Now that the excitement around Froyo has begun to settle, the lingering question remains: with the Gingerbread update scheduled for a release at the end of the year, how does Google handle making updates that will ease the pain of fragmentation? Google’s VP Andy Rubin addressed the future of Android’s OS updates in an interview with the Silicon Valley Mercury News, stating that the update schedule should settle down into a once-per-year event.
Citing that the first release of Android felt more like a “.8” release as opposed to 1.0, the flurry of updates within the first 18 months of the OS’s existence were merely to catch it up to speed. Now that the platform is coming into its own, twice a year updates are helping to add new features, but to allow developers to “leverage the innovation” a more slow and steady update schedule is likely.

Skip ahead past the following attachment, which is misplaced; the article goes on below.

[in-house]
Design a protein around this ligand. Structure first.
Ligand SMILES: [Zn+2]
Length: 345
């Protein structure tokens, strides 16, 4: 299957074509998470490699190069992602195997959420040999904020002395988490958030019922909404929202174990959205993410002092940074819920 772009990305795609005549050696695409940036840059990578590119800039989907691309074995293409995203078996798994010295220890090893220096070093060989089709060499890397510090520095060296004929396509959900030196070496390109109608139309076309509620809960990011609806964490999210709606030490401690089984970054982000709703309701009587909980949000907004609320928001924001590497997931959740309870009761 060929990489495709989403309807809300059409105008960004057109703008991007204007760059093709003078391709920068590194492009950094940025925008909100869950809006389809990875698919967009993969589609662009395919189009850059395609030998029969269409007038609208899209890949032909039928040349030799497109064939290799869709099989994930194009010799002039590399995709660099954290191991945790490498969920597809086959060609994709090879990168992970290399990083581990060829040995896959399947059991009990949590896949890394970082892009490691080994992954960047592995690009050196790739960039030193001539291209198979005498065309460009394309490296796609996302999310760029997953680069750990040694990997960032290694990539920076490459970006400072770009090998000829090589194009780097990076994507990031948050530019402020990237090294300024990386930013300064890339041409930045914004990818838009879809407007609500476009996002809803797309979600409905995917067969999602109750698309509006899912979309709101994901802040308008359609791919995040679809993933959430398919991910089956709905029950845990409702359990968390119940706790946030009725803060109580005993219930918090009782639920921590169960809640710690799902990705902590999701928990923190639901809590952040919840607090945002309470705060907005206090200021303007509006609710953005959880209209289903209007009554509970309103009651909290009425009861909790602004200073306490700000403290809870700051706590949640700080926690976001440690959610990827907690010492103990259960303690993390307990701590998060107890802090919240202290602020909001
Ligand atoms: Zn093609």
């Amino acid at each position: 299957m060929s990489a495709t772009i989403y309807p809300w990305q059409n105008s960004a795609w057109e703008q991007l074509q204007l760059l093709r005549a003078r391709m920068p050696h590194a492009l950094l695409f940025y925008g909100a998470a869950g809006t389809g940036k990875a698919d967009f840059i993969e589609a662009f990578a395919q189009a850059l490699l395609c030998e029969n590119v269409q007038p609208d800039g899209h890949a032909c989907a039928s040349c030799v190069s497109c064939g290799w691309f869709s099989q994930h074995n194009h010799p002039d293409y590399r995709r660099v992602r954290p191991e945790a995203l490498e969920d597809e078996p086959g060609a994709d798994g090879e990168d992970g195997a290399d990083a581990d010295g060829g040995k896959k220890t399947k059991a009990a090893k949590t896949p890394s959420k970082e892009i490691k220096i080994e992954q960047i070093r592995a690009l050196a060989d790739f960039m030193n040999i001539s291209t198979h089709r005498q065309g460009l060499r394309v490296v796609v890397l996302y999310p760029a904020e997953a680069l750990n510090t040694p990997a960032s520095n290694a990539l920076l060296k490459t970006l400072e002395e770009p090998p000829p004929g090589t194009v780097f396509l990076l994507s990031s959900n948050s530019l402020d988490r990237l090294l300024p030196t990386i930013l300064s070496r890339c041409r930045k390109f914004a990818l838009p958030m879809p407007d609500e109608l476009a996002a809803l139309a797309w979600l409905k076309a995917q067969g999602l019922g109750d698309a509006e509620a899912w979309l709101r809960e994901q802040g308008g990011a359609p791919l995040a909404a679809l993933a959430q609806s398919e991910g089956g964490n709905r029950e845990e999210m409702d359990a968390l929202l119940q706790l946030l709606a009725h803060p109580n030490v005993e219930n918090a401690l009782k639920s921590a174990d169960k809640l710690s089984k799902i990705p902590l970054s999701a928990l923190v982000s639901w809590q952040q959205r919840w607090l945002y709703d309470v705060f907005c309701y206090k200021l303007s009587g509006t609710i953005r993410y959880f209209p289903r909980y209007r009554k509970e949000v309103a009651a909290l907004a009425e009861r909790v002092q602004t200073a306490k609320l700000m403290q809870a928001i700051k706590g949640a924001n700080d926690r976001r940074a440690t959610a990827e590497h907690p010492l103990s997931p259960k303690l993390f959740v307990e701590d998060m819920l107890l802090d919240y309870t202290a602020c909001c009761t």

This is good news for those that want to see an end to fragmentation, but there is something to be said about frequent updates (if you are on a handset lucky enough to receive them). It allows Google to constantly provide the best smartphone platform, though OTA update delays have invariably stifled this progress. Once a year updates should allow both Google and OEMs to get new versions of Android up to speed and out to consumers in a much smoother fashion.